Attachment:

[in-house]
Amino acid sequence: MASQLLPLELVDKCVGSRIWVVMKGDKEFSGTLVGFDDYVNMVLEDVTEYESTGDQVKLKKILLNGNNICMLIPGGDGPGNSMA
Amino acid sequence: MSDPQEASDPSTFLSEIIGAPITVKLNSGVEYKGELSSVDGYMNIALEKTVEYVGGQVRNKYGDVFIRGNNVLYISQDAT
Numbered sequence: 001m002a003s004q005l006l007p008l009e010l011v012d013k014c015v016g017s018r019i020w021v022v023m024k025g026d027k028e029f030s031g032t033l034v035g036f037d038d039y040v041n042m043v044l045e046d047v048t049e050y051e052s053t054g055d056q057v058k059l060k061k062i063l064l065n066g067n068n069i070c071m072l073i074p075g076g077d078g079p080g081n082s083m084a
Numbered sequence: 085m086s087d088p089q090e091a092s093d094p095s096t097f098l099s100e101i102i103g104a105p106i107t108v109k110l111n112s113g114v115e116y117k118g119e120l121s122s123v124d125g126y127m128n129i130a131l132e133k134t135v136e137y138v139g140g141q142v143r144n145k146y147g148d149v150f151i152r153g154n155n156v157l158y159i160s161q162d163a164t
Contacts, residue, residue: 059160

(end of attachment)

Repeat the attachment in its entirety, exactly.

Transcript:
[in-house]
Amino acid sequence: MASQLLPLELVDKCVGSRIWVVMKGDKEFSGTLVGFDDYVNMVLEDVTEYESTGDQVKLKKILLNGNNICMLIPGGDGPGNSMA
Amino acid sequence: MSDPQEASDPSTFLSEIIGAPITVKLNSGVEYKGELSSVDGYMNIALEKTVEYVGGQVRNKYGDVFIRGNNVLYISQDAT
Numbered sequence: 001m002a003s004q005l006l007p008l009e010l011v012d013k014c015v016g017s018r019i020w021v022v023m024k025g026d027k028e029f030s031g032t033l034v035g036f037d038d039y040v041n042m043v044l045e046d047v048t049e050y051e052s053t054g055d056q057v058k059l060k061k062i063l064l065n066g067n068n069i070c071m072l073i074p075g076g077d078g079p080g081n082s083m084a
Numbered sequence: 085m086s087d088p089q090e091a092s093d094p095s096t097f098l099s100e101i102i103g104a105p106i107t108v109k110l111n112s113g114v115e116y117k118g119e120l121s122s123v124d125g126y127m128n129i130a131l132e133k134t135v136e137y138v139g140g141q142v143r144n145k146y147g148d149v150f151i152r153g154n155n156v157l158y159i160s161q162d163a164t
Contacts, residue, residue: 059160